The Camp Lejeune Justice Act of 2022. Are you eligible for compensation?
BY: Matthew Turner | IN: Employment Law
For the first time ever, the more than two million Americans who work as in-home health-care workers are eligible for overtime premium pay under the federal wage and hour law.
For decades, persons employed as nurses, certified nurse aides, home health care aides, and other individuals providing home health care services within a patient’s home often fell under the “companionship services” exemption. This exemption permitted employers to escape the FLSA’s minimum wage and overtime requirements in connection with those workers.
However, the law has recently changed. As of Oct. 13, 2015, home health-care workers are fully protected by the Fair Labor Standards Act and are now entitled to overtime pay for time worked over 40 hours in a workweek. This also means that, if home health-care aides are not compensated according to the law, their employers can be held responsible for violating the law.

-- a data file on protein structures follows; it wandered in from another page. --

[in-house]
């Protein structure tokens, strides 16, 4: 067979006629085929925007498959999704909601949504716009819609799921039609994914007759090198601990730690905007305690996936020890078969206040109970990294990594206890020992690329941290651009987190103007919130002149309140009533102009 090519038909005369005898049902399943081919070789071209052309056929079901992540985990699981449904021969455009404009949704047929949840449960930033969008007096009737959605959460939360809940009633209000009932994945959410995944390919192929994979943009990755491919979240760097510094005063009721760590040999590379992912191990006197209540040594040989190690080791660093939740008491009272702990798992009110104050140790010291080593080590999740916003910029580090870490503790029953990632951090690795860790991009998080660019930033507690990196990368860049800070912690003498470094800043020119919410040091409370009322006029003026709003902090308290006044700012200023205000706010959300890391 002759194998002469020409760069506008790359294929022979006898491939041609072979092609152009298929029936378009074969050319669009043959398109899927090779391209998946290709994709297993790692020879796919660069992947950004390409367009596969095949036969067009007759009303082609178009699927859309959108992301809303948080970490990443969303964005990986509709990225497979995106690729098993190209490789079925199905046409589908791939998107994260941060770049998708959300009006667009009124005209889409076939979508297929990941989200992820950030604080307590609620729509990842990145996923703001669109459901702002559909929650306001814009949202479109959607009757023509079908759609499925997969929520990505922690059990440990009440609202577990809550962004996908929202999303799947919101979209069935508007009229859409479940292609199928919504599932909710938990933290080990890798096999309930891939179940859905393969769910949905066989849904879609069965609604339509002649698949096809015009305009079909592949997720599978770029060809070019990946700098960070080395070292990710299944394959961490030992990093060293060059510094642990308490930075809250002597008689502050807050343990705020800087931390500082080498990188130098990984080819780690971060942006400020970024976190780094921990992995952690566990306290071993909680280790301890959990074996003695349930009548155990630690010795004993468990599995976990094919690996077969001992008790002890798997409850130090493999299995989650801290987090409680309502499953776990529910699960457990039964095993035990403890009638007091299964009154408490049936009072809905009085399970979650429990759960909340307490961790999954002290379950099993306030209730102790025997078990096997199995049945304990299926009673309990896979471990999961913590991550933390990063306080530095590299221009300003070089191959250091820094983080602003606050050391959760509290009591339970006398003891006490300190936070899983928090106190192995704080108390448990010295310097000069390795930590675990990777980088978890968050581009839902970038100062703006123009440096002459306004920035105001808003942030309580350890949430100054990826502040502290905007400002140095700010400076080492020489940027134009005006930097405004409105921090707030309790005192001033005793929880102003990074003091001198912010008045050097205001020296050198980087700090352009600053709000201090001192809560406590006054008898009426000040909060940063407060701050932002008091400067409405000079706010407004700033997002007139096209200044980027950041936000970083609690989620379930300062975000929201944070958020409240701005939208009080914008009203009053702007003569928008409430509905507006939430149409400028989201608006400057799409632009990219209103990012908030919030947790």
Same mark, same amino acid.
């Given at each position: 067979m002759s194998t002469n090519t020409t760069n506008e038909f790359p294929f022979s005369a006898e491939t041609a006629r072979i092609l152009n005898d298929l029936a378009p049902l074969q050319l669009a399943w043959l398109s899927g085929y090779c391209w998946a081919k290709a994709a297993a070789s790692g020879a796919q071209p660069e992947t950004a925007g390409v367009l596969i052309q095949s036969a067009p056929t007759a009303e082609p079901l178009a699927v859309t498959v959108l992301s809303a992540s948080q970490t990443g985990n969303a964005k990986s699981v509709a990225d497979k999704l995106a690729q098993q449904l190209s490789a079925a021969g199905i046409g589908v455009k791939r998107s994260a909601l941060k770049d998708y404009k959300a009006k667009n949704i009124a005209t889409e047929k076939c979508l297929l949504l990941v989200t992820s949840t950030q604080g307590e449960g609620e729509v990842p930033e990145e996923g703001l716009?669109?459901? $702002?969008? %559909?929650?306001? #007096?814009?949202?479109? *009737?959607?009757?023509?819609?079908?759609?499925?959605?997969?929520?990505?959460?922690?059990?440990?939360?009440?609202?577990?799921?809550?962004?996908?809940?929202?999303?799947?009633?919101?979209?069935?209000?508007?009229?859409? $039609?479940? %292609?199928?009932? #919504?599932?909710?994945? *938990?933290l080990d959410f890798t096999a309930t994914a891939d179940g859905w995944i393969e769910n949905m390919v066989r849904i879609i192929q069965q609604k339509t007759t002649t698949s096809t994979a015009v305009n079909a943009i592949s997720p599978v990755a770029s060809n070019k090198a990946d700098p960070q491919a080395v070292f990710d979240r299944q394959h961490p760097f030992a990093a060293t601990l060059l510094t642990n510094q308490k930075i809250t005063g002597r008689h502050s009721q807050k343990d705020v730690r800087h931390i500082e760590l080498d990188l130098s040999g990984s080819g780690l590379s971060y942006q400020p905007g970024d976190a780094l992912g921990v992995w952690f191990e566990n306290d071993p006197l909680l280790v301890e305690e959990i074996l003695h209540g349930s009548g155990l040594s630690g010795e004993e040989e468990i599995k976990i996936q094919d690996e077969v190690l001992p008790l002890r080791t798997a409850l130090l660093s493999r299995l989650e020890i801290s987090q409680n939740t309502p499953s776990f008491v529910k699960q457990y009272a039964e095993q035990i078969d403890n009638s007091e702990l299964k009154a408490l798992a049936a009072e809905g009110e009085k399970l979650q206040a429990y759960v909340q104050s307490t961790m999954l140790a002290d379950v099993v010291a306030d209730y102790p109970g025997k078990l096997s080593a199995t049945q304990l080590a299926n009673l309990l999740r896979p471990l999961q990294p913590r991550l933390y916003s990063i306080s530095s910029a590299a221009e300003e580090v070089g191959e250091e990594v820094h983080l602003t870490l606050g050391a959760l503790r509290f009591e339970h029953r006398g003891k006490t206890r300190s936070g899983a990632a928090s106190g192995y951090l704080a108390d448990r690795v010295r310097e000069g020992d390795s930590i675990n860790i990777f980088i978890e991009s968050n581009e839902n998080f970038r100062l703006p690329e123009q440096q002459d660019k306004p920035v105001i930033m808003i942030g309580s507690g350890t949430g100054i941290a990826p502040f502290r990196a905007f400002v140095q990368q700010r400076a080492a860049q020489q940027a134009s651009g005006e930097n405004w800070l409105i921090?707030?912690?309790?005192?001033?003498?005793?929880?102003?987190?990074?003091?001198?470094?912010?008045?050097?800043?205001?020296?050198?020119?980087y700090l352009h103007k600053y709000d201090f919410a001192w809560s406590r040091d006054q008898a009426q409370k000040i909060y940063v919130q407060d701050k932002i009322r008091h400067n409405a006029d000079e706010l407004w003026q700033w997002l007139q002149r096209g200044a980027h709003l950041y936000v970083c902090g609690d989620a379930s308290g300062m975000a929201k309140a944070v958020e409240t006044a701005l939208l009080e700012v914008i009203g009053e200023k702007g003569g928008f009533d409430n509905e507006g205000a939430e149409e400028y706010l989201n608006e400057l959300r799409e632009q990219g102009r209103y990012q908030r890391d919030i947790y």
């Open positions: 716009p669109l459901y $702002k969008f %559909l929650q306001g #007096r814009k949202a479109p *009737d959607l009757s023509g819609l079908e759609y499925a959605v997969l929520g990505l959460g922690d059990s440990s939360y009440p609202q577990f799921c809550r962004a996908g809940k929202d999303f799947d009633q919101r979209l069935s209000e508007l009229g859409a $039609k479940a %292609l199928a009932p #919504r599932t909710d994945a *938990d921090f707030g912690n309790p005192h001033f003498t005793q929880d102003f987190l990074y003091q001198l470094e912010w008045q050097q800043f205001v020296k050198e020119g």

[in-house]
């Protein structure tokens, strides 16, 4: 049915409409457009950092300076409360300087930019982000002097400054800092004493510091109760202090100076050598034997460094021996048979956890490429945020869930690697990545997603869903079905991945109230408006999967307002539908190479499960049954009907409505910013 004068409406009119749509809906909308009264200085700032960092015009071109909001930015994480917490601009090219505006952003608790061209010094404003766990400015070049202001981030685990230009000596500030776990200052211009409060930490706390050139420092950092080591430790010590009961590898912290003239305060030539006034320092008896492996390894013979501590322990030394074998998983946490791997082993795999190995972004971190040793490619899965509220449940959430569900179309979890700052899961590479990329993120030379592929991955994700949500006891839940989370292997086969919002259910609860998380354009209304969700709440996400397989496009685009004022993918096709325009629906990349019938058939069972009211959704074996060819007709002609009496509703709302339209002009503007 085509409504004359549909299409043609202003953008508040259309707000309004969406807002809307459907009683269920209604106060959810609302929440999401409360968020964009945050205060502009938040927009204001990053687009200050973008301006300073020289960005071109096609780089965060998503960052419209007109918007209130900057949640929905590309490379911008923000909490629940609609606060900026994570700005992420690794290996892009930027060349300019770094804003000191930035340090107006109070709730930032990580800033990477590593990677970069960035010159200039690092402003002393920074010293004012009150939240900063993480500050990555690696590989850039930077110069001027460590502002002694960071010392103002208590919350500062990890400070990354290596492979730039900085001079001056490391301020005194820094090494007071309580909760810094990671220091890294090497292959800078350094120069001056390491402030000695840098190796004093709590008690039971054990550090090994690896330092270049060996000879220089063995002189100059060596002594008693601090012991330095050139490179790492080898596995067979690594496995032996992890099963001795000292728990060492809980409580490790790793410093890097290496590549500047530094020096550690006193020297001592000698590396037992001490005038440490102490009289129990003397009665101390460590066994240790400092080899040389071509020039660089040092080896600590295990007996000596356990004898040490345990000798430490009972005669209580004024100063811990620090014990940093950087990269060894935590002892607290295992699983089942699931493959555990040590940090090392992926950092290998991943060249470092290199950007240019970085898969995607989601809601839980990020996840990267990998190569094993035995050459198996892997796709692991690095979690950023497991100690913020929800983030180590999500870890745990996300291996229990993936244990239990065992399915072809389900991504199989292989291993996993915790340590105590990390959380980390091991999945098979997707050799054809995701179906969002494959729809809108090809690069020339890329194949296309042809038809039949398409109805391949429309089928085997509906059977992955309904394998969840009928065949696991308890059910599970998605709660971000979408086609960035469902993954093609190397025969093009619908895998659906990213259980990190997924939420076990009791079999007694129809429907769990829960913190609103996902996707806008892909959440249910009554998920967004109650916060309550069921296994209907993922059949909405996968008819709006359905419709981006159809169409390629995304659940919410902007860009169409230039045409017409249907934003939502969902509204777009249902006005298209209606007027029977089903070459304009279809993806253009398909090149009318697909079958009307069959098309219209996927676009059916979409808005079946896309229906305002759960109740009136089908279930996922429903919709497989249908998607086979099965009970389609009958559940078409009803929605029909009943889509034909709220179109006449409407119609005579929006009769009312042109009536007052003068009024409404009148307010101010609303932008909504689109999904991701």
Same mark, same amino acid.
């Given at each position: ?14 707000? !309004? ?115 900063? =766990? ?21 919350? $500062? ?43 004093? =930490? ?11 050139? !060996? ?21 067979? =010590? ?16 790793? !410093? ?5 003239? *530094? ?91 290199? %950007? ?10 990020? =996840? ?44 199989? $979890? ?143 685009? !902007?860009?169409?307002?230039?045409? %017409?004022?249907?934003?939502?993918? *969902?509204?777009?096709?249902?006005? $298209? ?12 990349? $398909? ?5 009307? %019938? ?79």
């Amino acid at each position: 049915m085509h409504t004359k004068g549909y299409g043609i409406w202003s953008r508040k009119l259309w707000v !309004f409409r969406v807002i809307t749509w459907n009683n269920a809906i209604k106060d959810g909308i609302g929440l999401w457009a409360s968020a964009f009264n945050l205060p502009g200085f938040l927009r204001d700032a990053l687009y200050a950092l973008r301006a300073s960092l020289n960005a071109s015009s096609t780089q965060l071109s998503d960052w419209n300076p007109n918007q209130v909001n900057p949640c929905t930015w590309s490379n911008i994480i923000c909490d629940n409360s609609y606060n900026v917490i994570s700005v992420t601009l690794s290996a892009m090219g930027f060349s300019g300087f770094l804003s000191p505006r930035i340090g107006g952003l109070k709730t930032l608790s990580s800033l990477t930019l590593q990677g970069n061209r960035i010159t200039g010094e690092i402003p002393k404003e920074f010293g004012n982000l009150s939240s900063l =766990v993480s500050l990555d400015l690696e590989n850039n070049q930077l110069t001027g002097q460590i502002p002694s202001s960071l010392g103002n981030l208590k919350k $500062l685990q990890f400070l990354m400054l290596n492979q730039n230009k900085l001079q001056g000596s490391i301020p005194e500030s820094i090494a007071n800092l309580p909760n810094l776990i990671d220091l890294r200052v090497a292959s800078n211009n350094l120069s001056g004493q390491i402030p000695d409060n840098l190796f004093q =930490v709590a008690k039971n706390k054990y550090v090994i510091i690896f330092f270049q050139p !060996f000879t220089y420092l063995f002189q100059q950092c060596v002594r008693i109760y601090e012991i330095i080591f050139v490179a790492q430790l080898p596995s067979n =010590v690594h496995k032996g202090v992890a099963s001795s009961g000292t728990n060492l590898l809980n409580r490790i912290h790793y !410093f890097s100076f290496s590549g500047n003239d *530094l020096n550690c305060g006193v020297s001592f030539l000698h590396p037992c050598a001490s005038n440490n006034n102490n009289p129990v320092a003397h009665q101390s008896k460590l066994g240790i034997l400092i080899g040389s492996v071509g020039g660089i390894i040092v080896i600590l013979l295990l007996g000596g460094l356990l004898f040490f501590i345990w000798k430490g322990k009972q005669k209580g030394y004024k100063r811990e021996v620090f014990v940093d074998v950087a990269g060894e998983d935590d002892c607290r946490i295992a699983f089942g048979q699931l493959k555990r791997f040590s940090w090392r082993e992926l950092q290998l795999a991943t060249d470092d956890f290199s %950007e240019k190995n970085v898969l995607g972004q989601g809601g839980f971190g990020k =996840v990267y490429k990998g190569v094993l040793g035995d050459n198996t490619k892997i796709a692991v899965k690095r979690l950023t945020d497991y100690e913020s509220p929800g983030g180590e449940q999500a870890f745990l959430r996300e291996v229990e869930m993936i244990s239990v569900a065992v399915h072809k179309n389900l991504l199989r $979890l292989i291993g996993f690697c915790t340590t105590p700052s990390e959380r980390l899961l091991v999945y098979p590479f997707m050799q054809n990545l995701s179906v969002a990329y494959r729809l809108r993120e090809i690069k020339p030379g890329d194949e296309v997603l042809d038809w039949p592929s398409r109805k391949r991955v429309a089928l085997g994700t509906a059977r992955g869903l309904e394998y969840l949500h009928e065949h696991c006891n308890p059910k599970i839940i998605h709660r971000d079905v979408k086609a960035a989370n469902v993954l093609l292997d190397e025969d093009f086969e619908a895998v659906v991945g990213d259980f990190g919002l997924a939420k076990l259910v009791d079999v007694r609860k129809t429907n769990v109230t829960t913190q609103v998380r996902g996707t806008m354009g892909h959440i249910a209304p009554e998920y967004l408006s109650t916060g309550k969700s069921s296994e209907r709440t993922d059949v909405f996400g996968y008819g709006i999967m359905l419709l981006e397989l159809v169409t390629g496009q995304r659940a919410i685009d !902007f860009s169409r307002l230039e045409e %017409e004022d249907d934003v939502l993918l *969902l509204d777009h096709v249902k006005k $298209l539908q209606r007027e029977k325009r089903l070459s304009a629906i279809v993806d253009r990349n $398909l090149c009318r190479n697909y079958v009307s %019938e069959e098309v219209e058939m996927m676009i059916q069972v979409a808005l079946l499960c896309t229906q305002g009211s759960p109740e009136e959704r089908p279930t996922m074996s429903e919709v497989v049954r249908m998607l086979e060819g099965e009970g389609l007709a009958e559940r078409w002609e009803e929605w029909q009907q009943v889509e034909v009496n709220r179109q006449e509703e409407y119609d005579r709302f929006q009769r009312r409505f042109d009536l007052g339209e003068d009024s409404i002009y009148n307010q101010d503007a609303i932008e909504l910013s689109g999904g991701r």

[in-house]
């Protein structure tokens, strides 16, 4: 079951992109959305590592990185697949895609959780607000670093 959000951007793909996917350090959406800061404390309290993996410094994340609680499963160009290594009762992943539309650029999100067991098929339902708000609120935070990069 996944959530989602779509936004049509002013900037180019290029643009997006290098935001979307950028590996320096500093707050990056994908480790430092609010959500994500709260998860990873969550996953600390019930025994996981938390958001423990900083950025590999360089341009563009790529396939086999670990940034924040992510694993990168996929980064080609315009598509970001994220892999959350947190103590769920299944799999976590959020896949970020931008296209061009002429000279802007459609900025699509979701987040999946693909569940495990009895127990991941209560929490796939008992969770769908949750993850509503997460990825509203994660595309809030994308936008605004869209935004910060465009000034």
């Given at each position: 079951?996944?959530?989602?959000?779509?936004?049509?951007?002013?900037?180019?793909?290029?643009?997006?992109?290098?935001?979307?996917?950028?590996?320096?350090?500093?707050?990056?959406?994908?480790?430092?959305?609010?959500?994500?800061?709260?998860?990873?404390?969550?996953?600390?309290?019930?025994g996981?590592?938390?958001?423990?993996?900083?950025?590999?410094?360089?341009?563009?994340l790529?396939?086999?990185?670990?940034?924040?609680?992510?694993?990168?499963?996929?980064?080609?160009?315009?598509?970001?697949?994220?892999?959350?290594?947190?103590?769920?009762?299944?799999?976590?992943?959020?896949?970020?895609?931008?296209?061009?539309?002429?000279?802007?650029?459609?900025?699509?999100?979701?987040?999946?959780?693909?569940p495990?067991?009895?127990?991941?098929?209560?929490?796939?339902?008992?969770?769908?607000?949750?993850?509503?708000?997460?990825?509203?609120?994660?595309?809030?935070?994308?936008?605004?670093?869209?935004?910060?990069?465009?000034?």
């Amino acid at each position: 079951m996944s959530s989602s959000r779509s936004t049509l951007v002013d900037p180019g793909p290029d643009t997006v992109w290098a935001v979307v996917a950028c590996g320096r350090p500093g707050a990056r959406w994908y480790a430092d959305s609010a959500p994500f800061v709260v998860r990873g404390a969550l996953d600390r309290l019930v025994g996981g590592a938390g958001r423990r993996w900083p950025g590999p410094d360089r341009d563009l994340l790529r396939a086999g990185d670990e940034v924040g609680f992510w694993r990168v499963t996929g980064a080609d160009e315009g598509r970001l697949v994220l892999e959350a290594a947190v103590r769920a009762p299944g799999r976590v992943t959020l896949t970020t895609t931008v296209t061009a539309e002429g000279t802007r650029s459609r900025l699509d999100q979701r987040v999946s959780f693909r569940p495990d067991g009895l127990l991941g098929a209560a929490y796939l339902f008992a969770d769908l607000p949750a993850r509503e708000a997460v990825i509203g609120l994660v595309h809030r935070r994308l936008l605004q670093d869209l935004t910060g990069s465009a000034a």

The Fair Labor Standards Act’s coverage is a much-needed change for home health-care workers, according to industry advocates, because they often work well in excess of 40 hours a week taking care of the elderly and disabled. And until now, many were not getting paid at time and a half for their overtime.
All domestic health care workers are entitled to be paid fairly and in compliance with state and federal labor laws. The attorneys in Sommers Schwartz’s Wage and Hour Litigation Group have handled hundreds of wage and overtime claims on behalf of domestic health care workers, and are ready to speak with you about any suspicions you have about overtime issues – contact us today.
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Matthew Turner is a shareholder with Sommers Schwartz, and focuses his practice on medical malpractice, legal malpractice, ERISA, and class action matters.